This is the year of the sun’s peak in its solar cycle. As expected, our nearest star is kicking off some pretty powerful flares and generating some nice auroral displays at high latitudes where energetic particles from the solar wind interact with the upper atmosphere. But this uptick in solar activity is nothing — nothing! — compared to the Great Halloween Storms of 2003.
I remember it now… [cue dreamy flashback scene] …a decade ago I was lucky enough to be working in the Solar Physics Group at Aberystwyth University, Wales, modeling coronal loops and the solar wind. Although my PhD was focused on theoretical studies of the sun’s magnetic lower atmosphere, I had more than a passing interest in what my office mates were working on.
As I arrived at my desk that autumn morning(-ish), I was greeted by fellow PhD postgraduate researchers Mario Bisi and Richard Jones (from the heliosphere research team) excitedly pointing at an animation depicting observations from the joint NASA/ESA Solar and Heliospheric Observatory (SOHO). “Look!” said Mario, poking the monitor with his finger. “Watch this,” he persisted.
I won’t confirm or deny if I was hungover that morning, but I do remember feigning interest, wondering how long it was until the 11 o’clock morning coffee break (or whether I’d missed it all together). But, suddenly, I snapped out of my morning funk to see an animation of the sun do something quite dramatic — the screen lit up with a bright detonation right on the edge of the solar limb. It was later confirmed to be an X28 solar flare, the most powerful solar flare ever recorded by space-borne instrumentation.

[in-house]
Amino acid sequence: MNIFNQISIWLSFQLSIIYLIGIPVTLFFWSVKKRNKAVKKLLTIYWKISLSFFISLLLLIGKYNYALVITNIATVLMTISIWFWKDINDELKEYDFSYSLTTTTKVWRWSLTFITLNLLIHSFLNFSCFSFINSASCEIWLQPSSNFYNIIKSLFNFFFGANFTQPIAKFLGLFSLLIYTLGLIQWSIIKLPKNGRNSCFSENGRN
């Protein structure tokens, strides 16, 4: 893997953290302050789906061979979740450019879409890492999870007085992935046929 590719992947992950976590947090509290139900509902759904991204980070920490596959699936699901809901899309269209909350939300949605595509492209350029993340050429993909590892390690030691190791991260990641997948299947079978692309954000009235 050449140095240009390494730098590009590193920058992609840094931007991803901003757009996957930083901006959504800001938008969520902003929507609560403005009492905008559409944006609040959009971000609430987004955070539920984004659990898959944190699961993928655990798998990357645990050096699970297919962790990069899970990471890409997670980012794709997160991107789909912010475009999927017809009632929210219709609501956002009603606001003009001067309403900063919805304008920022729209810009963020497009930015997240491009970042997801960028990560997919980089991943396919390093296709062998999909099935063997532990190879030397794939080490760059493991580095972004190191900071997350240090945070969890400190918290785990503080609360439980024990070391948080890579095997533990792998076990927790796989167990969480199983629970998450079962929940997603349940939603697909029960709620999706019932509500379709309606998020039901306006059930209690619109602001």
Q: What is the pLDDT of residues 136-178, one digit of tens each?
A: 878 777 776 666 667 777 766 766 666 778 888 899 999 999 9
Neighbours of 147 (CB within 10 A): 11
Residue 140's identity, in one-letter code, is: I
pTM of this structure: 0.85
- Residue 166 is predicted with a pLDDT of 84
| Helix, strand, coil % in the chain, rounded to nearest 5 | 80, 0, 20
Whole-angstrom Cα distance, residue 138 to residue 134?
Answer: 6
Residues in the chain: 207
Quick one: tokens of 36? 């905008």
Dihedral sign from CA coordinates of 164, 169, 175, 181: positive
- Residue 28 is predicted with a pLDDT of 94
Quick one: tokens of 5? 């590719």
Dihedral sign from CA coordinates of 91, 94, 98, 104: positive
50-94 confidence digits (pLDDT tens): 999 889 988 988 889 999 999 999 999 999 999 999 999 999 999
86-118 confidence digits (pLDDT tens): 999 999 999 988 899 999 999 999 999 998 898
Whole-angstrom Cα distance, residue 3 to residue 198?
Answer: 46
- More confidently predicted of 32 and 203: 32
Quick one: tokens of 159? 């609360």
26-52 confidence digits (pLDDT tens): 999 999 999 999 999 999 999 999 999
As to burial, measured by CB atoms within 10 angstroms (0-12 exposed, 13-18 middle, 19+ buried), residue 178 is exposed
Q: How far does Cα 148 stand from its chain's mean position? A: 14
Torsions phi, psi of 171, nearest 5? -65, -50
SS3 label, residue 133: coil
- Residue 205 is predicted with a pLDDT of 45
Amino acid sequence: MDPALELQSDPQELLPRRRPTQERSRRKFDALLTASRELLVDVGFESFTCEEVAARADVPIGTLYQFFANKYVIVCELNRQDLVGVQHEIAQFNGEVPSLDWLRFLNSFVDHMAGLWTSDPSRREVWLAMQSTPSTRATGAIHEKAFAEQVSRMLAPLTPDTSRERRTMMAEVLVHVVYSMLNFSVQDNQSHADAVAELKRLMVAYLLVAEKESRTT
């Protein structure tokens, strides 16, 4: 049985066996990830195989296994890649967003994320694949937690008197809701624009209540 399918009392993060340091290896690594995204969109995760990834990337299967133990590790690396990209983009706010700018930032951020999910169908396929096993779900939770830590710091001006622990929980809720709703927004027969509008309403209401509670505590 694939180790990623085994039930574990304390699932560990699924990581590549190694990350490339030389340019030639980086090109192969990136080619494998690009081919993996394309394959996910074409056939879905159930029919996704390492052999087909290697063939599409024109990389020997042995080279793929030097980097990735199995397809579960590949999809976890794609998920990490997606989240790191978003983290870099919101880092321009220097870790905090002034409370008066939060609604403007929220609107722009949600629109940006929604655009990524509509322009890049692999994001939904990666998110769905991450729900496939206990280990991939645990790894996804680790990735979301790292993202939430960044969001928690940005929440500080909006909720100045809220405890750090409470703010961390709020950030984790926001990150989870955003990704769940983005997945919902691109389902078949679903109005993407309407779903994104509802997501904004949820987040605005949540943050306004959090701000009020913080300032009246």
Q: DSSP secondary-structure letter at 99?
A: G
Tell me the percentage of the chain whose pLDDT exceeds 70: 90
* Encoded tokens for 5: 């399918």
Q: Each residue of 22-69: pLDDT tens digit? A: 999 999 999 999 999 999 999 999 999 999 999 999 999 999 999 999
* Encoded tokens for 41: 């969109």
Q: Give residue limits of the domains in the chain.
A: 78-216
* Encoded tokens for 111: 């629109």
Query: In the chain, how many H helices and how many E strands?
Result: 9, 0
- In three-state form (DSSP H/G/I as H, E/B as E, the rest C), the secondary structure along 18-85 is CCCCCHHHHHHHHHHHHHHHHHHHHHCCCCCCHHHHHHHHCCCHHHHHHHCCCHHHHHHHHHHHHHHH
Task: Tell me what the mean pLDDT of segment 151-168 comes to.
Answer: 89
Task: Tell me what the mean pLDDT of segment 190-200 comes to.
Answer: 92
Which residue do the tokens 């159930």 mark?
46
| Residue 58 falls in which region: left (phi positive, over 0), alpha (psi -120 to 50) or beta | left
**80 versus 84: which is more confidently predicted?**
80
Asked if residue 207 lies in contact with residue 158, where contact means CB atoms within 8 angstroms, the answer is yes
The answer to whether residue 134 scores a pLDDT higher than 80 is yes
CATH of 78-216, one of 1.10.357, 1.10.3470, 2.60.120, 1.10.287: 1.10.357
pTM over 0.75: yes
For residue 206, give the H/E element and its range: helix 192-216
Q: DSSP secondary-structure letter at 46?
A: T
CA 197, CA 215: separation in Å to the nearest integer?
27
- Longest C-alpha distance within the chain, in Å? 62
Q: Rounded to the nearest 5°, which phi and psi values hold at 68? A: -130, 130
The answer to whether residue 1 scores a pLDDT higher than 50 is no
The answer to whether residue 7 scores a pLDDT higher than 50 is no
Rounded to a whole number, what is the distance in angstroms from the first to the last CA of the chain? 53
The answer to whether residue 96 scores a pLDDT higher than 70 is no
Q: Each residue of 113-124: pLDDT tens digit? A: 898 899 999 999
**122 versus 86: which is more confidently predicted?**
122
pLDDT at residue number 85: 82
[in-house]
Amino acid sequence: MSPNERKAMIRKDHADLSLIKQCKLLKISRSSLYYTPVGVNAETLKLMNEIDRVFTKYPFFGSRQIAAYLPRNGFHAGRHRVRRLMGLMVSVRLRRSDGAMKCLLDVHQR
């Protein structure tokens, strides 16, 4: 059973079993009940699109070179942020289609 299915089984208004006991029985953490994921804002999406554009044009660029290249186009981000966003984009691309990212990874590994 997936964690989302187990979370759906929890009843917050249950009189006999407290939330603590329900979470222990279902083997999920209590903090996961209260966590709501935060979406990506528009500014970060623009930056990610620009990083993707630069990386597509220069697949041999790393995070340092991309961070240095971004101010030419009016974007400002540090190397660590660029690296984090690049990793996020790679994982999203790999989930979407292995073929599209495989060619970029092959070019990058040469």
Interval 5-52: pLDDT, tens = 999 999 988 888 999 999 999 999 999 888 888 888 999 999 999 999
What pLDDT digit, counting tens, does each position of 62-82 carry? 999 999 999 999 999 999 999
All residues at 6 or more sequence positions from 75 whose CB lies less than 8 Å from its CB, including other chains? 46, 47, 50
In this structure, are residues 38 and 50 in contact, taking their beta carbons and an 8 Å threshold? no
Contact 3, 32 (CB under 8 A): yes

Looking back, I often think how lucky I was to be working in solar physics research during the peak of the previous solar cycle, especially around the Halloween period of 2003.
In the run-up to the historic Nov. 4, 2003, event the sun had been popping off an intense series of powerful solar flares and coronal mass ejections (CMEs) from two large active regions that were buffeting Earth. The radiation environment around our planet was causing all kinds of trouble for modern society. Aircraft were being diverted from polar regions to avoid communications blackouts, there were power outages in some parts of Scandinavia and NASA reported a range of problems with their satellite fleet, “ranging from temporary shut-downs to permanent damage,” according to a NASA Science News release.
I remember attending solar meetings shortly after with renewed vigor and excitement. We were constantly warning others about the dangers space weather posed to orbiting satellites, now we had proof of the dangers and we were developing the means to predict the sun’s harshest temper tantrums.
This exciting period of intense solar activity was quickly dubbed the “Halloween Storms.” And for good reason. For the first time humanity had a ringside seat at an intense solar storm at Solar Cycle 23. It was the first time that we had sophisticated observatories in orbit that could track the “solar maximum” with high precision, giving us on the ground advanced warning of incoming CMEs.
Fast forward 10 years and we are right in the middle of the peak of this solar cycle (Solar Cycle 24). Although this solar max hasn’t disappointed, Earth has gotten off fairly easy, so far. The majority of large X-class flares have been pointing away from our planet and we’ve only had a few minor hits by weak CMEs. Also, we’re not seeing the same magnetic ferocity as 2003′s Halloween.
“This spate of activity is inconsequential when compared to the 2003 events,” said Joe Kunches, space weather forecaster working at NOAA’s Space Weather Prediction Center in Boulder, Colo. According to Kunches, this year’s geomagnetic storm indices an order of magnitude smaller.
But, like the surprise X28 flare that caused such excitement in my office in 2003, the sun may have some belated Halloween tricks up its sleeve over the coming months. This minor solar storm isn’t over quite yet.
Image: A flaring event from the Halloween Storm of 2003. Left: The hot multimillion degree lower corona of the sun plus flaring region that saturated the SOHO optics, right: The sun’s lower photosphere at the time of the flare, dark (sunspot) active regions prominent. Credit: NASA/ESA/SOHO